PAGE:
Don Treadwell
Don  Treadwell

Offensive Coordinator

Don Treadwell has amassed a wealth of offensive coaching experience during his 22 seasons in the college ranks.

Upon becoming Cincinnati's offensive coordinator in 2004, he put together a balanced offense that produced a 2,500-yard passer, 1,000-yard rusher and 1,000-yard receiver, while topping the 2,000-yard mark in both rushing (2,201) and passing (2,666), only the second time that feat has been accomplished in UC history. Working with the wide receivers, Treadwell tutored Hannibal Thomas, who compiled the fourth 1,000-yard receiving season by a Bearcat while earning all-conference honors.

Treadwell has served as offensive coordinator at four schools. In 2003, he developed Ball State' offense which set school records for passing yards and passing TDs. He was co-offensive coordinator while serving as quarterbacks and receivers coach at Boston College (1997-98). His work as offensive coordinator in 1991 helped Youngstown State win the NCAA Division I-AA title.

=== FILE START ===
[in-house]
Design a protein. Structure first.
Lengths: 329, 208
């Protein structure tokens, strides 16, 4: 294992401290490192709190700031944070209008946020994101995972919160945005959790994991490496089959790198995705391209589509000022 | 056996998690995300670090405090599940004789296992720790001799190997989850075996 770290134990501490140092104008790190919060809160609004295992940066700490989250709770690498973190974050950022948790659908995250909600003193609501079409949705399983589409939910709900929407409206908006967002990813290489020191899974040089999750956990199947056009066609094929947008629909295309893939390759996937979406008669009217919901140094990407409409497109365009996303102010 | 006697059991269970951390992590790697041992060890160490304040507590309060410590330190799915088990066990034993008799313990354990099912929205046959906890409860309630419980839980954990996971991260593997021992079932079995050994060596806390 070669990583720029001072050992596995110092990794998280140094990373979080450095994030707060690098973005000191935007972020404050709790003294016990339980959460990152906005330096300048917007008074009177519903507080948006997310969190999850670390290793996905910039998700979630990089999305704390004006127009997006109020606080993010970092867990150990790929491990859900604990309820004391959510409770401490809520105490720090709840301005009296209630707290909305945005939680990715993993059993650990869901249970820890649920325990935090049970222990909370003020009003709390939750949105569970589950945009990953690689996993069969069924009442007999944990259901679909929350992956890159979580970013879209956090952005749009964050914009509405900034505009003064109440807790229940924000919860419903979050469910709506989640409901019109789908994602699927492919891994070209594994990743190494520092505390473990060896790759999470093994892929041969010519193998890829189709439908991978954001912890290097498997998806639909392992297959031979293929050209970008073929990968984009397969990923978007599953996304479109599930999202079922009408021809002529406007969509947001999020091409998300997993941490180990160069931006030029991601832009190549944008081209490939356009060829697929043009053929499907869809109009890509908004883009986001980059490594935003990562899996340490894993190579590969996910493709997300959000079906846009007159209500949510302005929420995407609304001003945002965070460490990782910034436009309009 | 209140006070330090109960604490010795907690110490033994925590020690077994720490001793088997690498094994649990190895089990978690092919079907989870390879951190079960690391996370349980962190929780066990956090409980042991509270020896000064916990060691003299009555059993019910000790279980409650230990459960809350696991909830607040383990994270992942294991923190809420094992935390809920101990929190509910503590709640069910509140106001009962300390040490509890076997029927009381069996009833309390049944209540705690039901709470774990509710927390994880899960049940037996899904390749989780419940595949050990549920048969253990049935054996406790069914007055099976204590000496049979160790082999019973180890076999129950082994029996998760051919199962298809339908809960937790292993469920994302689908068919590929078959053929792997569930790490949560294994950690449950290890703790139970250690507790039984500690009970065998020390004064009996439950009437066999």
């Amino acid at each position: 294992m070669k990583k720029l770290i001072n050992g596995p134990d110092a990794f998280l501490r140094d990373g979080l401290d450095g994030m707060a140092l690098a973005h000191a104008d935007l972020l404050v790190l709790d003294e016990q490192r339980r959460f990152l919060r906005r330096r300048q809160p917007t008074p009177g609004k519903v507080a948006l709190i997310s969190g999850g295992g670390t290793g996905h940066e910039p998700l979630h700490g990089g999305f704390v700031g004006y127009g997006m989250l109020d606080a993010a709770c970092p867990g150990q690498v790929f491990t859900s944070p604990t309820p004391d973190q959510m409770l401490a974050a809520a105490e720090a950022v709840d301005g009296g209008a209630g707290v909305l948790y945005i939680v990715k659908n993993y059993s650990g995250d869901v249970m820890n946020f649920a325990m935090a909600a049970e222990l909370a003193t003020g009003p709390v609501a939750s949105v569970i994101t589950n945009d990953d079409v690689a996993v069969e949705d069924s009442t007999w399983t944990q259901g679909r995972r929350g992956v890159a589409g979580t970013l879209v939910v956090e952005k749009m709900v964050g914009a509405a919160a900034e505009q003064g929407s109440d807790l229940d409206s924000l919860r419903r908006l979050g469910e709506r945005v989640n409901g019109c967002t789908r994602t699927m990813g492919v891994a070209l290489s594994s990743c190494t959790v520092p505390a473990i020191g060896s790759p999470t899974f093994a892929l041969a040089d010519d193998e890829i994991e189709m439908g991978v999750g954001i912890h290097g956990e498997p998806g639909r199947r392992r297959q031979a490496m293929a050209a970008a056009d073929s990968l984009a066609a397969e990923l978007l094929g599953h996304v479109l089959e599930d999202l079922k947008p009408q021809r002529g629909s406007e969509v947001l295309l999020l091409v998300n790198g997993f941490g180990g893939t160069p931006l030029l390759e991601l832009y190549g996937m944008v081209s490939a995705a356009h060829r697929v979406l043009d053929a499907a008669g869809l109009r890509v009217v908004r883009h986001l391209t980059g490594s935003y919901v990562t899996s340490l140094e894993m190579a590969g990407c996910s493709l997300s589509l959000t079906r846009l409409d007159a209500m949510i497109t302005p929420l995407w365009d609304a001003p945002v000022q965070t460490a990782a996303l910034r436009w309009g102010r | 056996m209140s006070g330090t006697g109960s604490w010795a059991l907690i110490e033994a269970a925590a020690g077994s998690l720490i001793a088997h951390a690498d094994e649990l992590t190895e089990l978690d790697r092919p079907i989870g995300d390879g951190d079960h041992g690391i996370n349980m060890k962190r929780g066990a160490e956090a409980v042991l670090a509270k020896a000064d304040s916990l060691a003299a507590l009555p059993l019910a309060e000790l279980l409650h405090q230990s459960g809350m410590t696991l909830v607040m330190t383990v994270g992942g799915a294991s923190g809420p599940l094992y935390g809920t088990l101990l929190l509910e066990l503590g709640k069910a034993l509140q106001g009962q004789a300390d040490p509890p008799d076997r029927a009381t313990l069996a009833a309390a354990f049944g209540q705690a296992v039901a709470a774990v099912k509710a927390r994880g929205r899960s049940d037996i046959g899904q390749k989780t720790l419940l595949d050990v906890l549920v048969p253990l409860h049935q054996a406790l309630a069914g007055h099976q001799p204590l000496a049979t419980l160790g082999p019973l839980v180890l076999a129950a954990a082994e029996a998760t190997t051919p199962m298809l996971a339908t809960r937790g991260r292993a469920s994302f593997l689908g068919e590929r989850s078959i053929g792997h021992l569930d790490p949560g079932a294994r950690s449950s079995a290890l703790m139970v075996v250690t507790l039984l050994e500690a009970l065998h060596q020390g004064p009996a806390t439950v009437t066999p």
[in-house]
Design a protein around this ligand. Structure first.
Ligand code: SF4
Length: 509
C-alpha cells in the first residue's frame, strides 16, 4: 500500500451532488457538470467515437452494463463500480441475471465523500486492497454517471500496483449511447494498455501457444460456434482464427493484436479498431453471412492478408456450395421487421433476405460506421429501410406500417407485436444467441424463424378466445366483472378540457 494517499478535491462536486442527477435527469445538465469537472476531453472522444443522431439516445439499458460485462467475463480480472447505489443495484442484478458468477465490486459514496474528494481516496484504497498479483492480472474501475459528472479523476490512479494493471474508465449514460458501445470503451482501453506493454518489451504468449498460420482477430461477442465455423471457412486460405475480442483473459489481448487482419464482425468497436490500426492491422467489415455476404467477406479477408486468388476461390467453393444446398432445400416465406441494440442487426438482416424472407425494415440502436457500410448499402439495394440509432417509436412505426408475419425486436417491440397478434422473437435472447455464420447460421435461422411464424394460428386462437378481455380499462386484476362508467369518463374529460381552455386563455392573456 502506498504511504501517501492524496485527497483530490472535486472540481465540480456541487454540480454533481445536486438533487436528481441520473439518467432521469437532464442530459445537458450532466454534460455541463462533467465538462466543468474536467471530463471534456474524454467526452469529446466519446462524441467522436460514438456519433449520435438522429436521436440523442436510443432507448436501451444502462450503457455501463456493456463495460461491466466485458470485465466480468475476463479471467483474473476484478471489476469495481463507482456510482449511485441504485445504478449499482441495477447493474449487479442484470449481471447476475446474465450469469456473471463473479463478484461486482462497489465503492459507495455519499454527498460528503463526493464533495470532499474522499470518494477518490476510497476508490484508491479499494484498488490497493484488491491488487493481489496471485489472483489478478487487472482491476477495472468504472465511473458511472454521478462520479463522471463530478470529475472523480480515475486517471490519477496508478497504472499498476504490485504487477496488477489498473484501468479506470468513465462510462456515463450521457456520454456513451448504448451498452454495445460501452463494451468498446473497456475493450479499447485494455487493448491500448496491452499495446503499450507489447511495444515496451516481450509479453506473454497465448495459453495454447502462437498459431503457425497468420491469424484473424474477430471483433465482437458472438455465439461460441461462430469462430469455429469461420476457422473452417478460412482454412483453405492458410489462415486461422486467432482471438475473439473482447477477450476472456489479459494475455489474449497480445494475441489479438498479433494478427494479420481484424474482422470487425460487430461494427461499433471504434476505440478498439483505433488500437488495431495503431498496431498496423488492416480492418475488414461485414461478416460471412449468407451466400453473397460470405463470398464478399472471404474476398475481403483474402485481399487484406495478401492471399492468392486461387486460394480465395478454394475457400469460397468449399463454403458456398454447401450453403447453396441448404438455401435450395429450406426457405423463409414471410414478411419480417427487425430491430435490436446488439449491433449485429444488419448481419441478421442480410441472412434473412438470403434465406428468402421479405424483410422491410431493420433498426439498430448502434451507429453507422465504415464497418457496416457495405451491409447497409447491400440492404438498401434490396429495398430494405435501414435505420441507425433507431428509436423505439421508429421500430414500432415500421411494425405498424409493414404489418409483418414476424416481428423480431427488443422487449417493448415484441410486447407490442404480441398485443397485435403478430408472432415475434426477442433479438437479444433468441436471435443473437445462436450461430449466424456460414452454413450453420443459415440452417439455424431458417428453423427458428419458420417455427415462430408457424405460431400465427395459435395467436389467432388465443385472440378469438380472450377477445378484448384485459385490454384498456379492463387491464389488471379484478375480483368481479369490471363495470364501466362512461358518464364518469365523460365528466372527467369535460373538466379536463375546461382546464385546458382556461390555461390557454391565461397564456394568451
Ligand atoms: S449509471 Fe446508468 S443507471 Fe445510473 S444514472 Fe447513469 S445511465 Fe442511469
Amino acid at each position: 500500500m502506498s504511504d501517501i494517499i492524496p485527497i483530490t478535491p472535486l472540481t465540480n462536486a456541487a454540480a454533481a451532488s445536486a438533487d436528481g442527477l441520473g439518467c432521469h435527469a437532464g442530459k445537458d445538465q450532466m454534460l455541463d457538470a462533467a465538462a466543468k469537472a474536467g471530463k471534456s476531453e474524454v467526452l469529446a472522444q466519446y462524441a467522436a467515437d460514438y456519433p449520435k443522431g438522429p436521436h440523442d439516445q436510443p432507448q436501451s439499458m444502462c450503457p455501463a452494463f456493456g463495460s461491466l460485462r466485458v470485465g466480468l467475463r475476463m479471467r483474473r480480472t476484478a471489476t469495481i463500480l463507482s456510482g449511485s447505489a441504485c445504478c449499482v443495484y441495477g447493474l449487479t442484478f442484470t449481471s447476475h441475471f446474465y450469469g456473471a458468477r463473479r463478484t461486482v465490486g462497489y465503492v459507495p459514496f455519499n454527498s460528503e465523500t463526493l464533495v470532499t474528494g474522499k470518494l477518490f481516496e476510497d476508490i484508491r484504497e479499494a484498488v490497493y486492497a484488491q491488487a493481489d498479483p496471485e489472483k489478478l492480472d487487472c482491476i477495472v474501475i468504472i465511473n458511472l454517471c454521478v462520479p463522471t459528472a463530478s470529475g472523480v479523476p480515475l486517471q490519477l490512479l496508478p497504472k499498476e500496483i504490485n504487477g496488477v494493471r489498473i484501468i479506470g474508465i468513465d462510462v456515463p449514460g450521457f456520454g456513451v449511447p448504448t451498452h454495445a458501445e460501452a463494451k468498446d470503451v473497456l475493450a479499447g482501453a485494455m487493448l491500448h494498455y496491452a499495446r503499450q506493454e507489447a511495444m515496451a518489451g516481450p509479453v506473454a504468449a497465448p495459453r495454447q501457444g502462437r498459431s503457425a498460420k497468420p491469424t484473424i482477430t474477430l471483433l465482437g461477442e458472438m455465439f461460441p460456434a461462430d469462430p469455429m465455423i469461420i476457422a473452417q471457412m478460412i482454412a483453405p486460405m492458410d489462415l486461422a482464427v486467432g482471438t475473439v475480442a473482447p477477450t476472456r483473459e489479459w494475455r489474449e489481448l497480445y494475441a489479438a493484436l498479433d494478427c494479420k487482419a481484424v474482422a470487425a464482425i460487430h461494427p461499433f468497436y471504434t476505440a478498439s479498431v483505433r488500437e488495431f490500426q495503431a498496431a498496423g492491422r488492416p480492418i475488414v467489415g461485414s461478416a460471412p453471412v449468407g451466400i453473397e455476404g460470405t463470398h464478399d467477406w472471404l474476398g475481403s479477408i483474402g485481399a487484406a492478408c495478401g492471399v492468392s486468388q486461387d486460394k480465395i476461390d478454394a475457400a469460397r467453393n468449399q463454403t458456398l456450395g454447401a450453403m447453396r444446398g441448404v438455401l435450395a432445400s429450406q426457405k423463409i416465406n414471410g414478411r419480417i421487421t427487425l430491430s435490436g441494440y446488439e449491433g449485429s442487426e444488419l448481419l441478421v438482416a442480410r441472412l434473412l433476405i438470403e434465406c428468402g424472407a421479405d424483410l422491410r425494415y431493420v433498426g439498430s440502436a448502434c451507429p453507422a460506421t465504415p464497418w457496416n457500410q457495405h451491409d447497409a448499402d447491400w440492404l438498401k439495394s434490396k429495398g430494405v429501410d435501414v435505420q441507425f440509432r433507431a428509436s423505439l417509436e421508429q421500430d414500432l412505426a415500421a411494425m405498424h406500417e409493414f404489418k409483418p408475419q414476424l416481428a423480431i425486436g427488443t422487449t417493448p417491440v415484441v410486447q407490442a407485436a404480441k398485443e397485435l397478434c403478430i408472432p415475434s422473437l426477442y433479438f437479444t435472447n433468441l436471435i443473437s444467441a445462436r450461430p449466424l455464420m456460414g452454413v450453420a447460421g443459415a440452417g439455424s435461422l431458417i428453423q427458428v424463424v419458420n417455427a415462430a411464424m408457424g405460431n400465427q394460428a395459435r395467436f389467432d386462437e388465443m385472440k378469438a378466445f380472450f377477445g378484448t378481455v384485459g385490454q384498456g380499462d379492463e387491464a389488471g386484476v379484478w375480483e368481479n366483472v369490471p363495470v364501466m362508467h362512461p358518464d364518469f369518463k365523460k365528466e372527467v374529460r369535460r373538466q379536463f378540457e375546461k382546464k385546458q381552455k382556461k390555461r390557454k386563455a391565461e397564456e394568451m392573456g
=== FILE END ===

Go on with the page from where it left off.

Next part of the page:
An accomplished receiver as an undergrad at Miami (Ohio) who signed a pro free agent contract upon graduating in 1982, Treadwell has excelled as a receivers coach. During his three seasons at Michigan State, he developed Charles Rogers, the 2002 Biletnikoff Award winner and the No. 2 pick of the 2003 NFL draft.

Treadwell launched his coaching career as receivers coach at Dayton in 1984 and in 1985 was a graduate assistant at North Carolina State. In 1986, he joined Jim Tressel's staff at Youngstown State where he helped the Penguins to four I-AA playoff appearances. He also participated in the NFL's Minority Coaching Fellowship Program in 1989-90.

Treadwell was receivers coach at Miami (Ohio) (1992-93) and served in the same capacity at Cincinnati in 1994. He tutored the running backs at Stanford (1995-96) before moving to Boston College as passing game coordinator and quarterbacks and receivers coach (1997-98). Treadwell was running backs coach at North Carolina State in 1999 before moving to Michigan State.